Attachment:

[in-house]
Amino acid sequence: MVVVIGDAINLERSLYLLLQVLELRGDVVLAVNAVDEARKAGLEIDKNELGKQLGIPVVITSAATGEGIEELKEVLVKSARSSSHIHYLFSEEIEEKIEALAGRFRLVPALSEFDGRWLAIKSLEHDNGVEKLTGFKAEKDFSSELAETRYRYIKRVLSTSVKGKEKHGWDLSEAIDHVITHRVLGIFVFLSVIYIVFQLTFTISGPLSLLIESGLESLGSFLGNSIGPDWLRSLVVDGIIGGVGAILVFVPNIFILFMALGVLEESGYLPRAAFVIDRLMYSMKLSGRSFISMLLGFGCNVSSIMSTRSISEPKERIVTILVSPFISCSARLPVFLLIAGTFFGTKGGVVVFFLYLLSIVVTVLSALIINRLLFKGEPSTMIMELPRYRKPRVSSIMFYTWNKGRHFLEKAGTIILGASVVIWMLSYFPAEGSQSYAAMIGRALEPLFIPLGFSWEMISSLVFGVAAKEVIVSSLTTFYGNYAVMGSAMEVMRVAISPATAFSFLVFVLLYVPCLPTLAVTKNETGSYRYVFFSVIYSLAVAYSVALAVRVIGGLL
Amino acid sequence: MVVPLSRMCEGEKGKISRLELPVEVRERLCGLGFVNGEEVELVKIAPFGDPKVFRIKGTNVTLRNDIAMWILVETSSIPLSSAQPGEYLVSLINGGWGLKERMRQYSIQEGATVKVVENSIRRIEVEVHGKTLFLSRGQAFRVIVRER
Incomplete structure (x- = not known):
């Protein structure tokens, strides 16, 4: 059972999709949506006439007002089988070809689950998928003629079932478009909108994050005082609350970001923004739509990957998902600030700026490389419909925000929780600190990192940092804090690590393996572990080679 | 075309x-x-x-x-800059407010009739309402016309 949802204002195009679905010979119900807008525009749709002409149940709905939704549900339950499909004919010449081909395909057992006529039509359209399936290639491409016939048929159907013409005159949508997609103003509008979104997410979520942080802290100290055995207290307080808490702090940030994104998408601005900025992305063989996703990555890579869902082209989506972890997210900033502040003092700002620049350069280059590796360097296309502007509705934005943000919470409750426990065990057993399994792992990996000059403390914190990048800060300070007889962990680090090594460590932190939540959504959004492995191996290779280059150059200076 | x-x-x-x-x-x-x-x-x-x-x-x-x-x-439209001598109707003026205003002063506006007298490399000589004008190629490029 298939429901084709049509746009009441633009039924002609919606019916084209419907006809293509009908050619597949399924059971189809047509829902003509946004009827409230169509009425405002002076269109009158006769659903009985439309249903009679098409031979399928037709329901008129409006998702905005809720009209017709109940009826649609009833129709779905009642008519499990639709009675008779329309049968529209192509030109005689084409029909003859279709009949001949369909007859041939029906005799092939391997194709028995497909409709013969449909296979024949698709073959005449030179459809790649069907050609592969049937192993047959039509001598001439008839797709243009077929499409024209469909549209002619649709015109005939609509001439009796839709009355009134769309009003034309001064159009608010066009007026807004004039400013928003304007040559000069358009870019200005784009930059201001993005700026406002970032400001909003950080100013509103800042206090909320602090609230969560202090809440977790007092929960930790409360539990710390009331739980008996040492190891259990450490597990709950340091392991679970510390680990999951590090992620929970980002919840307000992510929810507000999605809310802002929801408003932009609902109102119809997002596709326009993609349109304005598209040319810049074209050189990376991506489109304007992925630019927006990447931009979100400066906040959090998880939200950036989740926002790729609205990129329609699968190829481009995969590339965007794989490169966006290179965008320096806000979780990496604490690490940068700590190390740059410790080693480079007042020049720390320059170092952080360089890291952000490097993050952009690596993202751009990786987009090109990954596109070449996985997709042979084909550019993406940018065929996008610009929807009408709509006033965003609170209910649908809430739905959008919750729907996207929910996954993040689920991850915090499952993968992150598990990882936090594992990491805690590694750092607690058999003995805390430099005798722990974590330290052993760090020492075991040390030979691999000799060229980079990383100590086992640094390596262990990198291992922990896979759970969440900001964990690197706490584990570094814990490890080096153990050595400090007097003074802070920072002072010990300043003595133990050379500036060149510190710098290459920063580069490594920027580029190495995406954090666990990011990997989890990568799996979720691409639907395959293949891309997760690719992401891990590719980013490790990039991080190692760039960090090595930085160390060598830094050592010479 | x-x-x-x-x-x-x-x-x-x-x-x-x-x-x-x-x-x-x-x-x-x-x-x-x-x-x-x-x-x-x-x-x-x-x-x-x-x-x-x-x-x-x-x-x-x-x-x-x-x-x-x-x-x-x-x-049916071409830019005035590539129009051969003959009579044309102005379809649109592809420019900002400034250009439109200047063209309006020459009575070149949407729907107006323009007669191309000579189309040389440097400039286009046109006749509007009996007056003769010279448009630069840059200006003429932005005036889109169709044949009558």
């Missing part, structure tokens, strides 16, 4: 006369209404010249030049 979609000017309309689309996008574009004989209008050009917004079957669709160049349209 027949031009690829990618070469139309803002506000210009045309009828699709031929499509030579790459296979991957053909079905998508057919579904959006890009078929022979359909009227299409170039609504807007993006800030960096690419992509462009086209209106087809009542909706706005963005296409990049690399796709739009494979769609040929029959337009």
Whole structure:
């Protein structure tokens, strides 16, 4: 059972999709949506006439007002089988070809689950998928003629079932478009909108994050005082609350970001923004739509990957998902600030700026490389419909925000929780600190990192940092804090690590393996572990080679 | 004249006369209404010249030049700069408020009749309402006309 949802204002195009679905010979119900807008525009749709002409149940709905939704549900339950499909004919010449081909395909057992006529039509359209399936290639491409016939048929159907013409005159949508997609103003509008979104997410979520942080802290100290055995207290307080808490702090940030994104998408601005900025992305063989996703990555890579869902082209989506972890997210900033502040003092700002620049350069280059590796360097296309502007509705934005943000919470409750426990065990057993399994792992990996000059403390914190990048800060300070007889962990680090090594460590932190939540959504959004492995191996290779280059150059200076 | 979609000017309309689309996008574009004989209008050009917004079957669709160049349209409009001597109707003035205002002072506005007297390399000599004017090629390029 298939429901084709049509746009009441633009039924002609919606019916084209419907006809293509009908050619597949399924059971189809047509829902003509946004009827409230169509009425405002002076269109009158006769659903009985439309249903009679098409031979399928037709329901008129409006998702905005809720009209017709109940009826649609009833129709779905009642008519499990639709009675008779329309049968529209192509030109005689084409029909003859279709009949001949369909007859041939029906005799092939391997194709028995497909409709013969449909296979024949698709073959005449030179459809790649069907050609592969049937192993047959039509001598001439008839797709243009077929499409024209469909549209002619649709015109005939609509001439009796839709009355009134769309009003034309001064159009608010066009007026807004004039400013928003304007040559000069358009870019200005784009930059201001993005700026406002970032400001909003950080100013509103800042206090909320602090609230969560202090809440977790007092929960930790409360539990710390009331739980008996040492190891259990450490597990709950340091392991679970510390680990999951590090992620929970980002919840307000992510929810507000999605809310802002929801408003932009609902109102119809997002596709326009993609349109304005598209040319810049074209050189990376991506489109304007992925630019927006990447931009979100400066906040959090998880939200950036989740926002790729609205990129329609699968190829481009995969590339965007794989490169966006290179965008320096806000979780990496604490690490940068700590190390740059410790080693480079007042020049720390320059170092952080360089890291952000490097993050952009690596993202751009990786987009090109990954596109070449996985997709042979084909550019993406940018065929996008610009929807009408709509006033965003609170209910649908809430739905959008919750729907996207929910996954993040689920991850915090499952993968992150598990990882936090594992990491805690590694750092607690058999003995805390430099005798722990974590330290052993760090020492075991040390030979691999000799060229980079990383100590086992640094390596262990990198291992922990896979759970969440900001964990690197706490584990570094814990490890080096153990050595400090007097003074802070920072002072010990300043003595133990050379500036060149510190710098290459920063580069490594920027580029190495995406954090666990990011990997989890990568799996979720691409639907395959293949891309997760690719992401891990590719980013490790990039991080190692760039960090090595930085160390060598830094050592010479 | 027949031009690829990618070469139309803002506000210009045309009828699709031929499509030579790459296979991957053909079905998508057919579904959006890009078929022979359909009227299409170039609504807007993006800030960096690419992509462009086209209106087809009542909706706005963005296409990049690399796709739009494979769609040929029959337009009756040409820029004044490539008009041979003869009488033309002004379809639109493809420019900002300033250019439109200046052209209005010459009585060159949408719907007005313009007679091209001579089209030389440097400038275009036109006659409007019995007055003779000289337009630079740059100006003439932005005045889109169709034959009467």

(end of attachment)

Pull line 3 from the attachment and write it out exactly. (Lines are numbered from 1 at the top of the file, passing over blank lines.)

Amino acid sequence: MVVPLSRMCEGEKGKISRLELPVEVRERLCGLGFVNGEEVELVKIAPFGDPKVFRIKGTNVTLRNDIAMWILVETSSIPLSSAQPGEYLVSLINGGWGLKERMRQYSIQEGATVKVVENSIRRIEVEVHGKTLFLSRGQAFRVIVRER